but one as to all others.
as usual, understood the essence of the arrangement: Separate among
ourselves, but as one toward the rest of the world – the outsiders
who only saw the surface of the wave, not the waters underneath.
was certainly not alone in this) saw the centralizing movement of
power from the states to the capital as the great threat to the
American experiment of liberty:
Letter to Nathaniel Macon, 1821
is now taking so steady a course as to show by what road it will
pass to destruction. That is: by consolidation first, and then
corruption, its necessary consequence.
PATH OF DESTRUCTION
structure of the US government was abolished in steps, over time.
Certainly the largest factors were the confusion, ignorance, apathy
and fear of the populace, which resulted in mute compliance. There
were, however, watershed moments along the way. The most important
of these events were the following:
v. Madison, 1803
This most important
of Supreme Court rulings resulted from a complex case involving
dirty deals, a politically-stacked Supreme Court and the entry of
partisan politics into the operation of the American republic. By
the time it was over, the Court had ruled against the man who wrote
the Constitution (James Madison) and claimed the sole right to interpret
it. Here’s how it went:
- The Federalists,
Alexander Hamilton being the driving force, organized into a faction
(a political party) that organized and pooled their power.
a loss of control after the election of 1800, they pushed John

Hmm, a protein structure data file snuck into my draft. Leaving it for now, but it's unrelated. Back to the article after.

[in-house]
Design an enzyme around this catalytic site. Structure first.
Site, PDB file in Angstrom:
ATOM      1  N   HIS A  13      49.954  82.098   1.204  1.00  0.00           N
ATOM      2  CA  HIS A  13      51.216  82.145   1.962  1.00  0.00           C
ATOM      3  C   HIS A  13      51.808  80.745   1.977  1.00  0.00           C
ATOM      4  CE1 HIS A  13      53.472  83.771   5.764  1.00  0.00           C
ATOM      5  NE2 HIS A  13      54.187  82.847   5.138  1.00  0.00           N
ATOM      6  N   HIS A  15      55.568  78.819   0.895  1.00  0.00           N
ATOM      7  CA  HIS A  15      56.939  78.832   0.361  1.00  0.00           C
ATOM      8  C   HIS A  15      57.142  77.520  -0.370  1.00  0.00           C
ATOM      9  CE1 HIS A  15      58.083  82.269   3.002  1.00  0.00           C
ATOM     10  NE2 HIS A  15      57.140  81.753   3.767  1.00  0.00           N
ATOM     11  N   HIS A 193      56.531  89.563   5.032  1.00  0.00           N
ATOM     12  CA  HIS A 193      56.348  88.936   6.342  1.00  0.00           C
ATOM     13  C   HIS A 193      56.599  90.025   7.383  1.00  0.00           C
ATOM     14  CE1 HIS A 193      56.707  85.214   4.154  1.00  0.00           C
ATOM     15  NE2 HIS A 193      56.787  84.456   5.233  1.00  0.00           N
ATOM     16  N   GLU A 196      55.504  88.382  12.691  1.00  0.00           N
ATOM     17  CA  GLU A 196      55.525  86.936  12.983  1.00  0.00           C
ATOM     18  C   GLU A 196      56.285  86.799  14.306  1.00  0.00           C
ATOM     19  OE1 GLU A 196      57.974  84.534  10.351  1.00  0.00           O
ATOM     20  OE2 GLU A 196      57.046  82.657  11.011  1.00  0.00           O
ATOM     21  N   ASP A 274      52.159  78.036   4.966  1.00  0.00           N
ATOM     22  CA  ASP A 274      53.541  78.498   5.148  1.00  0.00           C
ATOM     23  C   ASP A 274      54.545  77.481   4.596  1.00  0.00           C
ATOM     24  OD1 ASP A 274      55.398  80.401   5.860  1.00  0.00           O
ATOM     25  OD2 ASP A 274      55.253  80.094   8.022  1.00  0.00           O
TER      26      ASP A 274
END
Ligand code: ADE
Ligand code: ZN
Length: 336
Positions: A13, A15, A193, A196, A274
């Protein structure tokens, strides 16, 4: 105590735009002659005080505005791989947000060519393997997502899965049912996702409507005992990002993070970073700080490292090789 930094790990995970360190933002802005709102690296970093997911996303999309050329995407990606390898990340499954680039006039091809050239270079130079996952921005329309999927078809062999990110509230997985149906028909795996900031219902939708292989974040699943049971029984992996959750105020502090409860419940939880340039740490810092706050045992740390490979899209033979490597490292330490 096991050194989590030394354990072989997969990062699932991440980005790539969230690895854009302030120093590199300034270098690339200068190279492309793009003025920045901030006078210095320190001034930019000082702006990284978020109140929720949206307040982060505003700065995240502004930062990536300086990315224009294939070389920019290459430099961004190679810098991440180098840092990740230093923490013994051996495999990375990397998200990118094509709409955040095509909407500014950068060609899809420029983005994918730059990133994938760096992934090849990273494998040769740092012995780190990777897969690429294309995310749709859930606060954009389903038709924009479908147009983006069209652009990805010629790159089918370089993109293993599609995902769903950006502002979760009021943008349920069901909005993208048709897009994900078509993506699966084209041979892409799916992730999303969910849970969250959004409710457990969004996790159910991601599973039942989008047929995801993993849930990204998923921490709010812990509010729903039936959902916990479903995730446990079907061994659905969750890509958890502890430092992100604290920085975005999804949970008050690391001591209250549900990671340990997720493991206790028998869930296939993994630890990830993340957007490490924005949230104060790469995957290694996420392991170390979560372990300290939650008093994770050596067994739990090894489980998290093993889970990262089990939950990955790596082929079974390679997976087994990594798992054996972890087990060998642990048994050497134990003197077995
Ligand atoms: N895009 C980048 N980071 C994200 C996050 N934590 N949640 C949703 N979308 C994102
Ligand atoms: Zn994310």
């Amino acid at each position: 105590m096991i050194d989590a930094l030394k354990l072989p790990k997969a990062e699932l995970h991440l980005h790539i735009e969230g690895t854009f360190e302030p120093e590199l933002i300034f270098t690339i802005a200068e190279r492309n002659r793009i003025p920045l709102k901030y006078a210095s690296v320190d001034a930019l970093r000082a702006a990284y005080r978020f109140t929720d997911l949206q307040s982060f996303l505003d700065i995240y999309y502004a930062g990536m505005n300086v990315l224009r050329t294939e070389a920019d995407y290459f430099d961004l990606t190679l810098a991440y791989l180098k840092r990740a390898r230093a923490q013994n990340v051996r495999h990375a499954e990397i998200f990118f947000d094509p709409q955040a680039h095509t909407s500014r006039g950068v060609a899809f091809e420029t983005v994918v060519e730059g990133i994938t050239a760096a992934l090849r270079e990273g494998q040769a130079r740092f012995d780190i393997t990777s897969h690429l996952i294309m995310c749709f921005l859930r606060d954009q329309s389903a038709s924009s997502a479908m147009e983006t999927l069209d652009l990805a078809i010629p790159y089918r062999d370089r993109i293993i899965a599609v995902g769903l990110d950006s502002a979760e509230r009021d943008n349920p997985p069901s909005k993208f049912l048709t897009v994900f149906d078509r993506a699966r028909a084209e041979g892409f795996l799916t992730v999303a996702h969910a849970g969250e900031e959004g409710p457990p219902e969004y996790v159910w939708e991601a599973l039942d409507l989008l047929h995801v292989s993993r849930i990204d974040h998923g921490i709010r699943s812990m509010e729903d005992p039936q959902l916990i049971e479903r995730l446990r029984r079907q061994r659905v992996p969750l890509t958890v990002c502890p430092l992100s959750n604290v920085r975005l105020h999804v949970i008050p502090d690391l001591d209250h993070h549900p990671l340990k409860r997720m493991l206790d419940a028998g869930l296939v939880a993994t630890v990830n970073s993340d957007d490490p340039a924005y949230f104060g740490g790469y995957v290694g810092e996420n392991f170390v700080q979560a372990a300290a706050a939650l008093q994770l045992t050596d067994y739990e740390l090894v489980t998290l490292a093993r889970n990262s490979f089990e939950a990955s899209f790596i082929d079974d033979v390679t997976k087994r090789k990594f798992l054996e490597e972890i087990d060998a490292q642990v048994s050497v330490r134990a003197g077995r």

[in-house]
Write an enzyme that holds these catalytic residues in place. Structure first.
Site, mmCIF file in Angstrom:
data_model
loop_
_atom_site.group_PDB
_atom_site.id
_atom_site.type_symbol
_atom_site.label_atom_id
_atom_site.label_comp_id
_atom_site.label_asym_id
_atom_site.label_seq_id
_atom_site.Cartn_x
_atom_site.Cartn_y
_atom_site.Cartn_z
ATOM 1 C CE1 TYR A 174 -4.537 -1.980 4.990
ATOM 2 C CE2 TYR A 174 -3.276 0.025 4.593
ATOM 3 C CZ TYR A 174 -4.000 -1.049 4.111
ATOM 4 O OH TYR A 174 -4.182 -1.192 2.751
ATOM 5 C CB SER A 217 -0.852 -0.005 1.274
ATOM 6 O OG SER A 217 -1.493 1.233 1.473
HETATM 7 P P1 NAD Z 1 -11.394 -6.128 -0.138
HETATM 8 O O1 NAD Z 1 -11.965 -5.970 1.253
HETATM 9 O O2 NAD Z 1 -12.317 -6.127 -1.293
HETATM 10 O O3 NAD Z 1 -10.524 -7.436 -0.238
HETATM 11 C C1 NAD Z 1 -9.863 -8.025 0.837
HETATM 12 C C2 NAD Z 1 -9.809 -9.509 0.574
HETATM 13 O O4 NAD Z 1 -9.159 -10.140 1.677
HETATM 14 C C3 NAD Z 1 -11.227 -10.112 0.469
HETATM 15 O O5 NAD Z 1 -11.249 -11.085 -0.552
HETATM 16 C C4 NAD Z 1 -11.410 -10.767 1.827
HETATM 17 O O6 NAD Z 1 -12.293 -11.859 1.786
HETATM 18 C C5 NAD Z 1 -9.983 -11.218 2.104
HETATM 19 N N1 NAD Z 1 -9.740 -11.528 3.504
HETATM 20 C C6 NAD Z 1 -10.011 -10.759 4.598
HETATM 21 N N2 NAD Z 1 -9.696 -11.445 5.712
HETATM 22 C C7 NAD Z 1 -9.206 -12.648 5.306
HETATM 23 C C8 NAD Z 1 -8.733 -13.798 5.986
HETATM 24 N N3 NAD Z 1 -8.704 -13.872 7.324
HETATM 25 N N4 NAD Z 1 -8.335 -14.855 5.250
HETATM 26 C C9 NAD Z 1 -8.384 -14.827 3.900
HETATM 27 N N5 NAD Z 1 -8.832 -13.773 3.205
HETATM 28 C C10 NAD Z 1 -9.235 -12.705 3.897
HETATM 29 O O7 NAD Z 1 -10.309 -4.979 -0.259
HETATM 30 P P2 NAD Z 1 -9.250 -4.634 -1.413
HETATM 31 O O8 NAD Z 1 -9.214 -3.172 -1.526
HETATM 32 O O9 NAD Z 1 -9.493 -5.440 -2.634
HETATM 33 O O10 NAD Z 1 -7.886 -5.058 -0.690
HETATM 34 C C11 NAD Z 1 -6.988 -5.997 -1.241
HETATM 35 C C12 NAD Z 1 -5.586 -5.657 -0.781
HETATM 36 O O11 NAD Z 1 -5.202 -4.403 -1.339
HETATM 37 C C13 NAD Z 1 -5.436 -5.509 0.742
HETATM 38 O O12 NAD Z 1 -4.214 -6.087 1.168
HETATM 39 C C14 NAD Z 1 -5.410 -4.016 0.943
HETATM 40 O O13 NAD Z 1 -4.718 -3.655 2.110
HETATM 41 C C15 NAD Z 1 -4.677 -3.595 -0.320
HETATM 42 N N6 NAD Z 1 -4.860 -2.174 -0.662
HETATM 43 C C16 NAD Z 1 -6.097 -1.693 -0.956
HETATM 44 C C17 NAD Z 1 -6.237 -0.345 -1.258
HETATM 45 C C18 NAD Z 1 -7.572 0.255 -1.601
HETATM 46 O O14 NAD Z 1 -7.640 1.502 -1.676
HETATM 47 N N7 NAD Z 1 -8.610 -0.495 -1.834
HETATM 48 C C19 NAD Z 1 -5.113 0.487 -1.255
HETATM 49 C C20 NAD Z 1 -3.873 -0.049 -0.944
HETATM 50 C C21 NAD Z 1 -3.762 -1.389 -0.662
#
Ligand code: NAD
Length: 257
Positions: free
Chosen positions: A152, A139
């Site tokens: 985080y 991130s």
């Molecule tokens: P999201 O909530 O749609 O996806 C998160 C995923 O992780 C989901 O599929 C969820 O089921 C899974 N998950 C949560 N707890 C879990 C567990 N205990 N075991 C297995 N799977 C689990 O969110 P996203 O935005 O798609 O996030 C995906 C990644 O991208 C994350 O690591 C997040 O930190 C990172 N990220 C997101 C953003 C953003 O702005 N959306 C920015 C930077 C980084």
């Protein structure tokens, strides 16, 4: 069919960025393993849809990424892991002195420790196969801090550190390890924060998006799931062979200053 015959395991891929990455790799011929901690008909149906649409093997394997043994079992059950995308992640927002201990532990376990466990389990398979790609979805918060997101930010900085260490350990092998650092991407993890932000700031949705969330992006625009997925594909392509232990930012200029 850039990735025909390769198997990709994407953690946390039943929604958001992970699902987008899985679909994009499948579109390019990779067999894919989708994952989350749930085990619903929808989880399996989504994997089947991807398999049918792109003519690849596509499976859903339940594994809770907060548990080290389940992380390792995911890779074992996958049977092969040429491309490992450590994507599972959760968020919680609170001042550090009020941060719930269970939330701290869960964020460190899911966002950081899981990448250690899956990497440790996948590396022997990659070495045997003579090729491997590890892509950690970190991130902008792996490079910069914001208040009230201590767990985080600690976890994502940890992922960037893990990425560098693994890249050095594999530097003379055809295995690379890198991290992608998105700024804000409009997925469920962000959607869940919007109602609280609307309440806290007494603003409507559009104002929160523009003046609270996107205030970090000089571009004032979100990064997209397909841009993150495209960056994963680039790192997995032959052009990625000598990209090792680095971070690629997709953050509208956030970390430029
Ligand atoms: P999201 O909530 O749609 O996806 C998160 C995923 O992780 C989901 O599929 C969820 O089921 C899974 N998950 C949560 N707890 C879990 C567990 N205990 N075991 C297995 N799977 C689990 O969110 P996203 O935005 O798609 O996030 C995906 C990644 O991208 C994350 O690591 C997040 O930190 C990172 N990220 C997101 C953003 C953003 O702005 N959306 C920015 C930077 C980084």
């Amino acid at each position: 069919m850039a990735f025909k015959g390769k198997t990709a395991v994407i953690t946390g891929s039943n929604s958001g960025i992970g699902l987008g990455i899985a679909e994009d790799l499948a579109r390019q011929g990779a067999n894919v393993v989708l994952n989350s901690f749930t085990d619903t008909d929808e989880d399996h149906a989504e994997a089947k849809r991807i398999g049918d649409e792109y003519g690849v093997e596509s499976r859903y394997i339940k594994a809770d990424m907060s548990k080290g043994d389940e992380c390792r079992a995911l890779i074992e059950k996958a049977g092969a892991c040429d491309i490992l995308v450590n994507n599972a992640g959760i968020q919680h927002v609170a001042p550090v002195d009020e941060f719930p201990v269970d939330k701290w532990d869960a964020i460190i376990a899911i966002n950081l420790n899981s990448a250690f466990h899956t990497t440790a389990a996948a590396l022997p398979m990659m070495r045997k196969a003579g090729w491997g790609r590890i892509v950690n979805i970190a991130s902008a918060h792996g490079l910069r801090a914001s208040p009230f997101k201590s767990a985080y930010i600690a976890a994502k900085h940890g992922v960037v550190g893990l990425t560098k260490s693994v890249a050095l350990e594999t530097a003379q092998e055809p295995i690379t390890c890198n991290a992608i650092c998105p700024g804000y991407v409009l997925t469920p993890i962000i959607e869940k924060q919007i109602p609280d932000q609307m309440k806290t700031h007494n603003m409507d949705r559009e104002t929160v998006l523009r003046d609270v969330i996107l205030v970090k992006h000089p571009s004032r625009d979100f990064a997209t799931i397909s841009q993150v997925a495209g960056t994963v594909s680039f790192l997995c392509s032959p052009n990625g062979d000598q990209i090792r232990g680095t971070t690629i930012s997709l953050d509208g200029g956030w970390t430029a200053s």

Adams to appoint a large group of judges and other officials in
the lame duck session before he left office. Adams complied. These
appointments were written for five-year terms – long enough for
the Federalists to retain control through the next election.
- Not all
the commissions could be completed before Jefferson was inaugurated.
One of these was slated for delivery to a hard-core Federalist
named William Marbury.
- When Jefferson
took the Presidency, Marbury’s appointment was still in the Secretary
of State’s office. James Madison, who now filled that office,
withdrew the appointment for precisely the reasons you’d expect
(being based on dirty dealing), and went about to appoint someone
ran to the Supreme Court, which was entirely composed of Federalist
appointees. He demanded to be given his office.
- In a complex
ruling, the Court (led by John Marshall) ruled that Madison was
wrong to withhold the appointment, but that this didn’t matter,
since the underlying law from 1789 was unconstitutional.
- The shock
of ruling against the author of the Constitution aside, ‘Marbury’
brought up the important issue of constitutionality: Who decides?
Even if we say there is an argument to be made for the Supreme
Court to interpret the Constitution, it is NOT in the Constitution.
The Court should have said something like this:
has fallen to us to decide such an important matter, we will render
our opinion in this case. However, we request of the Congress and
the States, that they pass an amendment to the Constitution clarifying
There is a
great deal of confusion related to Marbury v. Madison that has come
down to us. This ruling is universally presented in American schools
as crucial to the "checks and balances" of the US government.
This is deeply misleading.
review (the Supremes ruling on constitutionality) involves one
branch of the national government providing a check on the other